For Ski-Bound Adventurists
On a bluebird day in early April, breakfast wraps quickly. Along with a second round of eggs Benedict comes the all-clear to fly until the North Pacific’s next meteorological tantrum arrives. Skiers scatter excitedly for cabins fronting historic Tweedsmuir Park Lodge outside the coastal British Columbia town of Bella Coola. Soon, groups of four-plus-guide assemble at flagged landing areas, and the whup-whup of rotor wash echoes from the valley’s rocky walls. It’s go time at Bella Coola Heli Sports (BCHS).
Starting on snowy pillows a five-minute flight from the lodge, each subsequent lift stages us farther out onto long, languishing glaciers and the ridges that cradle them. No complaints about the snow: it’s the kind that can change your life. Around noon, we fly into a glacier-gouged valley where scalloped forest traces the phantom shoreline of a one-time lake that drained—as though someone pulled a plug—into the craggy, labyrinthine milieu below. Landing beside heavily fractured Jacobsen Glacier, we ski knee-deep powder, mindful of the apartment-block ice tumbling in suspended animation.
When we go around again, I recall the short plane ride from Vancouver, where the view revealed mountains and valleys swirling in every direction. At its centre, the Monarch Icefield stretched between peaks like a sheet pulled taut on a giant bed, scrunched-blanket glaciers rippling its corners. Now, standing at its edge, the scale is surreal. Already heralded for big terrain and deep snow, BCHS expanded several years ago into the Pantheon Range near Mount Waddington—B.C.’s highest peak at 4,019 metres—capping an astonishing 3.25-million-acre tenure. Here, amidst peaks so titanic they warp puny human perspectives, films like K2 and Seven Years in Tibet were shot, while first descents and unnamed runs lurk on every horizon.
The high-fiving that ensues after each run confirms this paean to discovery, but the boisterous group I’m with seem particularly excited. And with good reason: the terrain is theirs, so to speak. BCHS founders Christian Begin, Peter “Swede” Mattsson, and Beat Steiner are not only enjoying an infrequent day out together but a last hurrah; after 20 years, Begin and Mattsson have moved on while Steiner remains to run the show. But not before they’ve all received just recognition: the World Ski Awards once again ranked BCHS World’s Best Heli-ski Operator. High praise, it’s also validation for the three amigos who forged their friendship in the active outdoor filmmaking industry around Whistler.
In the 1990s, Begin and Steiner were cinematographers with a string of high-profile movie credits, while Mattsson guided their backcountry shoots. Searching for a less-crowded venue, their eyes were widened by the mountains around Bella Coola, and they made a deal with a funky 1930s hunting-and-fishing lodge to pay a fee for every head they brought in. “You could barely drag tourists here in the summer, and suddenly we were bringing in people in the winter,” recalls Mattsson. “No one in town really knew what was going on above treeline because they’d never been up there, so it was all a bit mysterious.”
It was a long, hard road to heli-skiing’s ne plus ultra destination, but it was more than mountains that made Bella Coola special: there was also the deep history and culture of the Nuxalk First Nation, excellent fishing, and abundant wildlife. The musty, kitsch-filled Tweedsmuir Park Lodge was purchased, then renovated as central hub of a base constellated with high-end cabins, hot tub, sweat lodge, fitness room, and firepit; culinary and wine offerings ratcheted up; and small-group bases were added—Eagle Lodge, Pantheon Heli Ranch, Mystery Mountain Lodge. Then, just as they were getting good at it, someone decided they were the best.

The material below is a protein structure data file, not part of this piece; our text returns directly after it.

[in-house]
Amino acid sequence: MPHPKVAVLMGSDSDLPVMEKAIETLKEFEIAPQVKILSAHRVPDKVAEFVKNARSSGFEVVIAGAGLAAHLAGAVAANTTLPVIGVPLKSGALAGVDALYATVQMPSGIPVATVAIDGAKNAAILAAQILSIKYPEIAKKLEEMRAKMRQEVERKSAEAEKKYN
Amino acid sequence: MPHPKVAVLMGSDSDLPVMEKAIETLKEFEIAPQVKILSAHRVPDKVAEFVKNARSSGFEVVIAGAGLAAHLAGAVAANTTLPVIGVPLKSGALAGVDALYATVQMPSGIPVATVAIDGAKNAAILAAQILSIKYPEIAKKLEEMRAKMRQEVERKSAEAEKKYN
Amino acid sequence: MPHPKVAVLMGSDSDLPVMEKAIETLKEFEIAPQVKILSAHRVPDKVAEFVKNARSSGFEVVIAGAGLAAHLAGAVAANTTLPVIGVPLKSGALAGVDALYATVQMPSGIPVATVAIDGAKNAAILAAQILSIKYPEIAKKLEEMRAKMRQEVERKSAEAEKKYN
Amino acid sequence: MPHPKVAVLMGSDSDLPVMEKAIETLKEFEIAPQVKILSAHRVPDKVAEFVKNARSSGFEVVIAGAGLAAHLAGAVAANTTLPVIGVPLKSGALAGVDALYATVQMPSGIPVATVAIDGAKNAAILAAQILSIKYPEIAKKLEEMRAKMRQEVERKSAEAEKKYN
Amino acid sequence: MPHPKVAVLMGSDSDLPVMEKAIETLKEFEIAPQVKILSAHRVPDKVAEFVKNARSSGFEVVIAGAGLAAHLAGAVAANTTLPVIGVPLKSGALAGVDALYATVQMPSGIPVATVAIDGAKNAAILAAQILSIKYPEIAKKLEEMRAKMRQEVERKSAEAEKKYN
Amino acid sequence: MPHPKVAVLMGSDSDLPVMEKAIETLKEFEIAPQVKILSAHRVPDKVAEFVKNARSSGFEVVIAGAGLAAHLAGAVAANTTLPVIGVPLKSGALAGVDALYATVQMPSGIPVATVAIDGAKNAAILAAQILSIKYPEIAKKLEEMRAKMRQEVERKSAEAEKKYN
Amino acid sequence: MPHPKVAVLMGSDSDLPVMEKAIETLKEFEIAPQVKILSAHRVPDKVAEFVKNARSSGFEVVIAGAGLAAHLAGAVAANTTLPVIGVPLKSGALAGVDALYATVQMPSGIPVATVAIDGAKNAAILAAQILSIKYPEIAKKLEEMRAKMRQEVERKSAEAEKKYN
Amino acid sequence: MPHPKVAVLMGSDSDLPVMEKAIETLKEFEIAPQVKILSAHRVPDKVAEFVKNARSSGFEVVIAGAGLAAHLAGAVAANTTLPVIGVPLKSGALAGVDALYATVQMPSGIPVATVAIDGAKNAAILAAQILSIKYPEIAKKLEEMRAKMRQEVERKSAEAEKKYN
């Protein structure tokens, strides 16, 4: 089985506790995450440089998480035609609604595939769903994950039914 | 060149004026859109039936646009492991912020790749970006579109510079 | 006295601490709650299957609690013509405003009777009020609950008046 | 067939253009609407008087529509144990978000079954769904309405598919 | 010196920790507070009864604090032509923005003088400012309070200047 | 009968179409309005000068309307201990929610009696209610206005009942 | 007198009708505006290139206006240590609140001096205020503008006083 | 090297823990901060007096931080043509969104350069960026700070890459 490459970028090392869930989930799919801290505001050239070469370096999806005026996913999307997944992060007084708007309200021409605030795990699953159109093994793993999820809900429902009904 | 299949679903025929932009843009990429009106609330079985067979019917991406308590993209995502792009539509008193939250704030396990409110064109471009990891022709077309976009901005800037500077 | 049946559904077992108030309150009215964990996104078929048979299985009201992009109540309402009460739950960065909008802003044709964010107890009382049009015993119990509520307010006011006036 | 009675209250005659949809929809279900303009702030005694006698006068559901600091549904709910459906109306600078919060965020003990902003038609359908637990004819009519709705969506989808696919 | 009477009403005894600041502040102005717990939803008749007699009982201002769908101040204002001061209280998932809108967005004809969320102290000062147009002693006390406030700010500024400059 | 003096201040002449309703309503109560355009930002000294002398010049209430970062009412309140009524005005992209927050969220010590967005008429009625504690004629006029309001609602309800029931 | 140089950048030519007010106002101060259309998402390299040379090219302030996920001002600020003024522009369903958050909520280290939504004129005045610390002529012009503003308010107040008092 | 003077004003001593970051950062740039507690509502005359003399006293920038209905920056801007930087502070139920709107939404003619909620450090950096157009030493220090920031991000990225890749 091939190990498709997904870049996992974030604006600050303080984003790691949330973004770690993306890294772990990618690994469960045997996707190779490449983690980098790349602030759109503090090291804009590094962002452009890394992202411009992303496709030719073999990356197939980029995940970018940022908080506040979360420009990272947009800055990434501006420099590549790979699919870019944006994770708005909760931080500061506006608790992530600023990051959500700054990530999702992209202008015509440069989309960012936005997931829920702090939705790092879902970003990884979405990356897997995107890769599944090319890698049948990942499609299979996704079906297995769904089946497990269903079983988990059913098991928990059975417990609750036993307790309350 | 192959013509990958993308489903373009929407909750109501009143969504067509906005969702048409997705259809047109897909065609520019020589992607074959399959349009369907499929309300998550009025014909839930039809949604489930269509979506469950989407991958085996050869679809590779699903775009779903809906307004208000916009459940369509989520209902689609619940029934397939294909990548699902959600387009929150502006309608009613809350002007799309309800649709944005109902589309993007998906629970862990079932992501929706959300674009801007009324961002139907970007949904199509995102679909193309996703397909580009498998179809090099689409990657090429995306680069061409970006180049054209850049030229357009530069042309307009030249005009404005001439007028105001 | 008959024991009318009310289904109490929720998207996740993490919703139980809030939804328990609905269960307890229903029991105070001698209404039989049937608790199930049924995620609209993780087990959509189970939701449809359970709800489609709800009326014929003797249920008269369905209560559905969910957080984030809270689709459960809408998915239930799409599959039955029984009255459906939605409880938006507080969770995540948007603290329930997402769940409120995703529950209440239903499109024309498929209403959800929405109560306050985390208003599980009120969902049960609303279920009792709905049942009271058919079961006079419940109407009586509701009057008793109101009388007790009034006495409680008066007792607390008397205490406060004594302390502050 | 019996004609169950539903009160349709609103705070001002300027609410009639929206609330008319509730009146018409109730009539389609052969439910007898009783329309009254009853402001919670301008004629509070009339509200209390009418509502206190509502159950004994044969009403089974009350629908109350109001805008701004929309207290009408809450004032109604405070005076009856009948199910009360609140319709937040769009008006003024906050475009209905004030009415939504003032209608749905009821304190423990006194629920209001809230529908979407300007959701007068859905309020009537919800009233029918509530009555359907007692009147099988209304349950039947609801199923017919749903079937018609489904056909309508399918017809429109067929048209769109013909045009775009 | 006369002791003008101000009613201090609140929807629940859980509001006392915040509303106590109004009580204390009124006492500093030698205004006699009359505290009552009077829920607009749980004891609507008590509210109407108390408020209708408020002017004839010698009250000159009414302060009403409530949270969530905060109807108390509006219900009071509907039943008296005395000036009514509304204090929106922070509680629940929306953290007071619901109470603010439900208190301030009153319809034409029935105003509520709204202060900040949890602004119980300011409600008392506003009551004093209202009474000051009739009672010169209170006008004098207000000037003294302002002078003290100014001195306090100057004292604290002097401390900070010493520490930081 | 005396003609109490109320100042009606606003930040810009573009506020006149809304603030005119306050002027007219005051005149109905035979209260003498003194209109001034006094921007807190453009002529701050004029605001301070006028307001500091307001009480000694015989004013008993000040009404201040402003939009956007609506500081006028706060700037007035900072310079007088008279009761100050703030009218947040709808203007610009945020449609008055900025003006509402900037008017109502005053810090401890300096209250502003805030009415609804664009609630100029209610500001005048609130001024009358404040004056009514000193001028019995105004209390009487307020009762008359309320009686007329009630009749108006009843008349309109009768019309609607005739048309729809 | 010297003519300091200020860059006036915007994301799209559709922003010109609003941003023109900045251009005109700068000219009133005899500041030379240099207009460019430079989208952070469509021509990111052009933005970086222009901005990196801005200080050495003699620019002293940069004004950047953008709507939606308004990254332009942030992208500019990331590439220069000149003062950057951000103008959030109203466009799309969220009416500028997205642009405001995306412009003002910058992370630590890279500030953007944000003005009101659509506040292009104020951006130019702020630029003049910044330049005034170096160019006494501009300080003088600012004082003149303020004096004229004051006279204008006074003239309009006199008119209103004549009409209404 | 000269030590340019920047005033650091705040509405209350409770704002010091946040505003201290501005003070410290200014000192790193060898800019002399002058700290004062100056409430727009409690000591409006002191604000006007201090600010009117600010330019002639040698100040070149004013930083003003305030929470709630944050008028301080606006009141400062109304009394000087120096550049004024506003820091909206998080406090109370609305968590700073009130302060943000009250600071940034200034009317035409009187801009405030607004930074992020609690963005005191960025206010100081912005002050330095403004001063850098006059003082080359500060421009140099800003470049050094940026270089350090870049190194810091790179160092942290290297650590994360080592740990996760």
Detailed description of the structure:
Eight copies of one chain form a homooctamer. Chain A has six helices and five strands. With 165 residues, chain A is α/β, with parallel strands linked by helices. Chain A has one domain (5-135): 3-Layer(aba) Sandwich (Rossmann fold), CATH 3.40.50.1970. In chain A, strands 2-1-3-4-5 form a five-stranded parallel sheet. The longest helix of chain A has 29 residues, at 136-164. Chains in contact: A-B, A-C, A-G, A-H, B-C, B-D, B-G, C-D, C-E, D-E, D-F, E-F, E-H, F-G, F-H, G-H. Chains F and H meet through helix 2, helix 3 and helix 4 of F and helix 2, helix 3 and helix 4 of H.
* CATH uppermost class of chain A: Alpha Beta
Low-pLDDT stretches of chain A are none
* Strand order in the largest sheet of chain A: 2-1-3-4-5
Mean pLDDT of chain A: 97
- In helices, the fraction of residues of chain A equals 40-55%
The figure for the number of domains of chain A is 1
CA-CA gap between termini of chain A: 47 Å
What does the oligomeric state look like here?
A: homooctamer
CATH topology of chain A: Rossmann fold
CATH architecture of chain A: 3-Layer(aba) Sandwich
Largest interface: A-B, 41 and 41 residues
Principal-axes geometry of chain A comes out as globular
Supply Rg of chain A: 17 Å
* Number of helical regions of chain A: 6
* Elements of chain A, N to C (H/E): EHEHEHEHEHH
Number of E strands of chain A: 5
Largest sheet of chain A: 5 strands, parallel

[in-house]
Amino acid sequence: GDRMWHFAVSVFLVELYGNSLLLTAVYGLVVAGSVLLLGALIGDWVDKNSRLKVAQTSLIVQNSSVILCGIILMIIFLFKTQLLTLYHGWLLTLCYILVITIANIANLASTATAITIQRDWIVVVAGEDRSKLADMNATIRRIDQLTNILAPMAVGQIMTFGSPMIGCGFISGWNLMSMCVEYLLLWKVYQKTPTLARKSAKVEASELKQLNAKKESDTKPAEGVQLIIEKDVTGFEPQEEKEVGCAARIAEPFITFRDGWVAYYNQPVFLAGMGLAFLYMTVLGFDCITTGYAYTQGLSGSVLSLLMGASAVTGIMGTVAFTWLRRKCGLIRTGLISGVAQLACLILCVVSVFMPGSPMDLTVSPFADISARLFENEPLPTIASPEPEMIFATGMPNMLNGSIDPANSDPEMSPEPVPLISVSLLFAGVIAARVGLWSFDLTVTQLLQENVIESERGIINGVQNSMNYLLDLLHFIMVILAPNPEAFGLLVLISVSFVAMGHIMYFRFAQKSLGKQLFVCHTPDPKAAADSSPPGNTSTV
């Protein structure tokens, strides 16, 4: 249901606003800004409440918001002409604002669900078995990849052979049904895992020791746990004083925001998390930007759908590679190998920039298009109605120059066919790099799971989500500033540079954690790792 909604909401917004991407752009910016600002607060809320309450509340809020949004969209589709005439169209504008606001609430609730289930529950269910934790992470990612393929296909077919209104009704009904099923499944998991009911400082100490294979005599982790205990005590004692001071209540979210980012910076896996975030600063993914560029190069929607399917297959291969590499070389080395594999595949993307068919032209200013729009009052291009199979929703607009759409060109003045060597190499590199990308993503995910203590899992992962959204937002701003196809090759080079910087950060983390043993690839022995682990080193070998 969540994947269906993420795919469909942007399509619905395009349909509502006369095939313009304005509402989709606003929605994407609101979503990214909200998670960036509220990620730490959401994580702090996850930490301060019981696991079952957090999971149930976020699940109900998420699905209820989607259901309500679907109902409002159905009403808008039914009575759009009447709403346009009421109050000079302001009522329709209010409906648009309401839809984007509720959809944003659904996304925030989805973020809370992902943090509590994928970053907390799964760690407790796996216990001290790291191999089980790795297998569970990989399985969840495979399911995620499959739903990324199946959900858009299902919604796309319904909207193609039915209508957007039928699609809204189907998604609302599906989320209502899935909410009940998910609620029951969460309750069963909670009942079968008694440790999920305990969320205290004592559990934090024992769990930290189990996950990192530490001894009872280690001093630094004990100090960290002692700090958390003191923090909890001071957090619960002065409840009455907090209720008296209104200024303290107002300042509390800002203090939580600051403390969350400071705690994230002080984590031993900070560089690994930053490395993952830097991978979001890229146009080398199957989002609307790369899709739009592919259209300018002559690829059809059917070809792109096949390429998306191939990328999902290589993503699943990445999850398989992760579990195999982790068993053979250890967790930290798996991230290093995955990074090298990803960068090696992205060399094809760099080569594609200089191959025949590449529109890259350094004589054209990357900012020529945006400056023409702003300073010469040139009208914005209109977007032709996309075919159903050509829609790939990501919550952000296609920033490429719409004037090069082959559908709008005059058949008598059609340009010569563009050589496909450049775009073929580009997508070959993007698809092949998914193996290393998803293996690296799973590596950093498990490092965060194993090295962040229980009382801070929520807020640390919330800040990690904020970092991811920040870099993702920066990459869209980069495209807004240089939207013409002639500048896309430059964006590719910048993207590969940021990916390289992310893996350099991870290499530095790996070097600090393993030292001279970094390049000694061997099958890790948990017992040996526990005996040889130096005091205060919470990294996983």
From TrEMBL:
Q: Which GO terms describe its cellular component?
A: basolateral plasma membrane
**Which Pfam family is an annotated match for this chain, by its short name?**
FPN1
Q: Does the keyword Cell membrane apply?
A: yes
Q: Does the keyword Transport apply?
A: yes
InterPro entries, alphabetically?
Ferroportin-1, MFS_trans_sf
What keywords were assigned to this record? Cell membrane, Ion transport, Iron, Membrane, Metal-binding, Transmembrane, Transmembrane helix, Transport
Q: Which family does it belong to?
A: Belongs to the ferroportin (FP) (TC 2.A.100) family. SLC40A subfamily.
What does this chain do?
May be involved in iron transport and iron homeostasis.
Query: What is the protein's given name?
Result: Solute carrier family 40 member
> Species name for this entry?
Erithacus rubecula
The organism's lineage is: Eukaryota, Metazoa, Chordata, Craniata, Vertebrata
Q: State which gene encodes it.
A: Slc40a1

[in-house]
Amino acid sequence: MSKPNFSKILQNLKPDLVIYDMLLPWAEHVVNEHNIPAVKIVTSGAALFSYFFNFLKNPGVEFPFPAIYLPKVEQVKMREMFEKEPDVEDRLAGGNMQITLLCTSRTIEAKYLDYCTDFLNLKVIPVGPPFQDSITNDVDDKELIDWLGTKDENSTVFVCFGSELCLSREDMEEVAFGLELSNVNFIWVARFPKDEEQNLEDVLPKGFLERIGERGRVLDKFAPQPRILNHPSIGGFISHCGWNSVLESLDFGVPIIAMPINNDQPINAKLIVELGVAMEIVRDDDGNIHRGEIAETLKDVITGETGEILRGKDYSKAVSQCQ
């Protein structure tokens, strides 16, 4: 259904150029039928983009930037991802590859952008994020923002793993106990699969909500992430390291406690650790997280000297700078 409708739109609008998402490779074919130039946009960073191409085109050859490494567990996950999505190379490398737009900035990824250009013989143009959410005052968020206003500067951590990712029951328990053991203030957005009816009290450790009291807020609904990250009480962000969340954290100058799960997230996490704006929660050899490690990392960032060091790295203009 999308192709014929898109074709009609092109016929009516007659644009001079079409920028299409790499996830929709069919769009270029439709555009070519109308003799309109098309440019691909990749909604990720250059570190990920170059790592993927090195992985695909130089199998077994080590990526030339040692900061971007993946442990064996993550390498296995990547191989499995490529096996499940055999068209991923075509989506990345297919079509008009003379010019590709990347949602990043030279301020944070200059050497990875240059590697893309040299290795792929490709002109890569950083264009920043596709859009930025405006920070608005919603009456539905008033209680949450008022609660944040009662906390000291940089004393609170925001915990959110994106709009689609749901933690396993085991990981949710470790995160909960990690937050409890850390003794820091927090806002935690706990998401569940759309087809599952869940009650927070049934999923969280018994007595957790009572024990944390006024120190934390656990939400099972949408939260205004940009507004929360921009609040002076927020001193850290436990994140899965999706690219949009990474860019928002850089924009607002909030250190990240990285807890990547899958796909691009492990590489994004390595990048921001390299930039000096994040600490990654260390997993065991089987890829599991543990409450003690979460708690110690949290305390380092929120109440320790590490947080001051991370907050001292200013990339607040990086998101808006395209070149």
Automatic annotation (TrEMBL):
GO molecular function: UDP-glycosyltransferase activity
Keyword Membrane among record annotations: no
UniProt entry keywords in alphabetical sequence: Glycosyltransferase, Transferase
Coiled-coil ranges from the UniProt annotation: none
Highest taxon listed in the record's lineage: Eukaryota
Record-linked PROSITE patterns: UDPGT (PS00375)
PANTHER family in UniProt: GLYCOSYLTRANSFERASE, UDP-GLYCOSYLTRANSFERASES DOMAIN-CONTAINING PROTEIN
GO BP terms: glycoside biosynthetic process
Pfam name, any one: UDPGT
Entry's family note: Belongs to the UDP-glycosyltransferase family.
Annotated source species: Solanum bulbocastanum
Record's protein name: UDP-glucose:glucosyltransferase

Having carried the title three years running, it’s hard to imagine relinquishing—particularly given recent announcements: a new boutique program of cruising coastal fjords and heli-skiing from a catamaran. If that seems to add fossil fuel to the fire of obvious carbon profligacy, BCHS just became the world’s first climate-positive heli-ski operation through purchasing offsets that help preserve old-growth forest while supporting local First Nations and educational platforms that encourage others to fight climate change.
As predicted, the next storm pins us down, but we keep busy with pool games, fishing, mountain biking, visits to Nuxalk mask-carvers, and hikes with a First Nation guide to the Polynesian-like petroglyphs of Thorsen Creek—once speculated over by Norwegian explorer Thor Heyerdahl. Archery, hot-tubbing, and hilarity fill the interstices. In the lodge, Begin holds forth on BCHS’s A-Star B2 helicopter program, which carried four to five guests as opposed to the 12-person industry norm—a taxi-versus-bus approach. “We saw small-group heli-skiing as the future,” he recalls. “Now it’s the standard.”
When the storm dissipates next morning, and we start again on the nearby pillows, they’re 60 centimetres fluffier than our last visit. We ski big glaciers until lunch, then bump out to a zone called Cloudbreak, where the great skiing becomes magnificent—snow so intoxicating that we linger until the horizon flames crimson.
It’s one of the best ski days of my life. And though that doesn’t automatically qualify BCHS as the world’s best heli-ski destination, another transcendent day in incomparable mountains is pretty convincing.